Once they know how and why the world is changing, readers can learn why its beauty is worth saving.

“The Bear Report” (Heder), “Many: The Diversity of Life on Earth” (Davies/Sutton), “Where’s Rodney?” (Bogan/Cooper), and “My Ocean is Blue” (Lebeuf/Barron) share the majesty of the outdoors and get kids up close and personal with the biodiversity of our planet. Child characters in “Hoot” (Hiaasen), “Zonia’s Rainforest” (Neal), and “Luz Sees the Light” (Davila) get inspired and involved in environmentalism.

Humanity’s future depends on shedding the perfection and individualism demanded by white supremacy and capitalism and building a society based on mutual aid.

Mutual aid is the exchange of resources for mutual benefit — taking responsibility for community care to change political conditions. Books like “We Are Water Protectors” (Lindstrom/Goade), “I Have the Right to Save My Planet” (Serres), and “Green Green: A Community Garden Story” (Lamba/Lamba/Sanchez) remind readers that change starts with us.

Youth may not feel empowered because they cannot vote or run for office, but they can change the world by speaking against injustice and sharing food with a neighbor. “The Queen on Our Corner” (Christopher) and “Our Little Kitchen” (Tamaki) challenge kids to share resources and see value in everyone around them, including people who happen to have less than they do.

“Milo Imagines the World” (Robinson/de la Pena) and “Dessert Island” (Zhu) teach readers how privilege and bias can dictate and distort our view of the world. “Better Than New / Mejor Que Nuevo” (Broder/Buckley) and “I Like Old Clothes” (Hoberman) are about reducing, recycling and seeing the potential in used items. If adults leave children with a planet to grow old on, kids can build a more hopeful society that prioritizes the collective good.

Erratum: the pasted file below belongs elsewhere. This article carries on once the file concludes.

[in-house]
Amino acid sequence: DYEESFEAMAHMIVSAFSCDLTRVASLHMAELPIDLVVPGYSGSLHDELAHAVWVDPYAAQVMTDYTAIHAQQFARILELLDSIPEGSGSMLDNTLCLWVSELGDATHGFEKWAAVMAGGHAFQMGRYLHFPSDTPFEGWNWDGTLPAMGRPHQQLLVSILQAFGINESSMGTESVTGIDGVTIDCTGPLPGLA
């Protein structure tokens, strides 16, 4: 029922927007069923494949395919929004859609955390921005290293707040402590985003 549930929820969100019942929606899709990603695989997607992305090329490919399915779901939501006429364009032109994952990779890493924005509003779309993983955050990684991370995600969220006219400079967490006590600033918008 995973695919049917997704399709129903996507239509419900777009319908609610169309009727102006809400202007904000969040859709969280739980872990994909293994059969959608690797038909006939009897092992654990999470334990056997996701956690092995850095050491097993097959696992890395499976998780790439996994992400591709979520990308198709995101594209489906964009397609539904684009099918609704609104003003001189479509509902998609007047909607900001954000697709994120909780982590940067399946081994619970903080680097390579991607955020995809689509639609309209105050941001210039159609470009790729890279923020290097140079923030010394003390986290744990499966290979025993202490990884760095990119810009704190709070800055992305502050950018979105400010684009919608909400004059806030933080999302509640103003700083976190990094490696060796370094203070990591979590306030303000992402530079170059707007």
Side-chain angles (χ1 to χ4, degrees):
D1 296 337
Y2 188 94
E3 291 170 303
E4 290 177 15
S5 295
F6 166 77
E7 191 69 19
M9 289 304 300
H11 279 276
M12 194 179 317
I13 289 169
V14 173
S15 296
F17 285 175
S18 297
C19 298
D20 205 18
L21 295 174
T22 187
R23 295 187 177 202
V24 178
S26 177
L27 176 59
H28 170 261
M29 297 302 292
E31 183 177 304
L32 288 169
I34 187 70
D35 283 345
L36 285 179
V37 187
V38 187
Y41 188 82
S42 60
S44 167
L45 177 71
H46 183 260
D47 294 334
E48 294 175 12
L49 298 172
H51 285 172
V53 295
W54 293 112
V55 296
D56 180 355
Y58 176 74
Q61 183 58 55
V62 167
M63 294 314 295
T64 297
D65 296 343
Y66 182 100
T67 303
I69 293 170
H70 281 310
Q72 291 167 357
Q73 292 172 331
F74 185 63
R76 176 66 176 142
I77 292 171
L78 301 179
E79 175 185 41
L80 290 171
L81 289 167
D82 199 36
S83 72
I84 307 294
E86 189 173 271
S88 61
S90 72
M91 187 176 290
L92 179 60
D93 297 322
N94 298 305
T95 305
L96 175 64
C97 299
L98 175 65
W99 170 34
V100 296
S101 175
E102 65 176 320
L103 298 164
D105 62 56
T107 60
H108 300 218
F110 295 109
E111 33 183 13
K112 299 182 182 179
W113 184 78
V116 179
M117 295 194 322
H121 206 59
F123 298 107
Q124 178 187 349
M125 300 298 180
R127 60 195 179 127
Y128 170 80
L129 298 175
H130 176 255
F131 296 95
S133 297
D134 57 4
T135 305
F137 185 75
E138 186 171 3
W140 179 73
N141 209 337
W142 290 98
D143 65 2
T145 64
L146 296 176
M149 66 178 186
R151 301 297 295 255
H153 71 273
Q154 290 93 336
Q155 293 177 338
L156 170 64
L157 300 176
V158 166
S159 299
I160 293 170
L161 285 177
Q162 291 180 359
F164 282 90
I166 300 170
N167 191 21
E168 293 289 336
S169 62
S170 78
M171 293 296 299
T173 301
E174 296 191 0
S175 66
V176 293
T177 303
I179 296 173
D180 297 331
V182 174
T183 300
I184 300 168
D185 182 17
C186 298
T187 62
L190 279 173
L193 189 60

Picture books about honoring and unpacking big feelings can prepare us better for hard conversations and practicing empathy. “The Girl and the Wolf” (Vermette/Flett) and “What Do You Do with a Problem?” (Yamada/Besom) show kids they have courage and strength inside them that will only get stronger as they grow. “Here and Now” (Denos/Goodale) and “Your Mind is Like the Sky” (Ballard/Carlin) can guide that growth through mindfulness. “After the Storm” (Stemple/Yolen) reminds us that rough times end, and our loved ones are there to help us.

Our youngest generations inherit what we leave behind: let that be love and respect for the natural world, and tools to build communities of care and hope. And picture books are here to help!

Allie Martineau (she/they) is the communications and marketing coordinator at the Hitchcock Center for the Environment, and an artist and book reviewer with a master’s degree in writing for children from Simmons University. She thanks friends in the Eric Carle Museum Bookshop for help assembling the booklist for this article, which you can find in full at hitchcockcenter.org along with the works cited.

Earth Matters has been a project of the Hitchcock Center for the Environment for 13 years. Amid the pandemic, the Hitchcock Center adapted its programming and has a sliding-scale fee structure for families facing financial challenges. To help the Hitchcock Center during this difficult time, consider a donation at hitchcockcenter.org.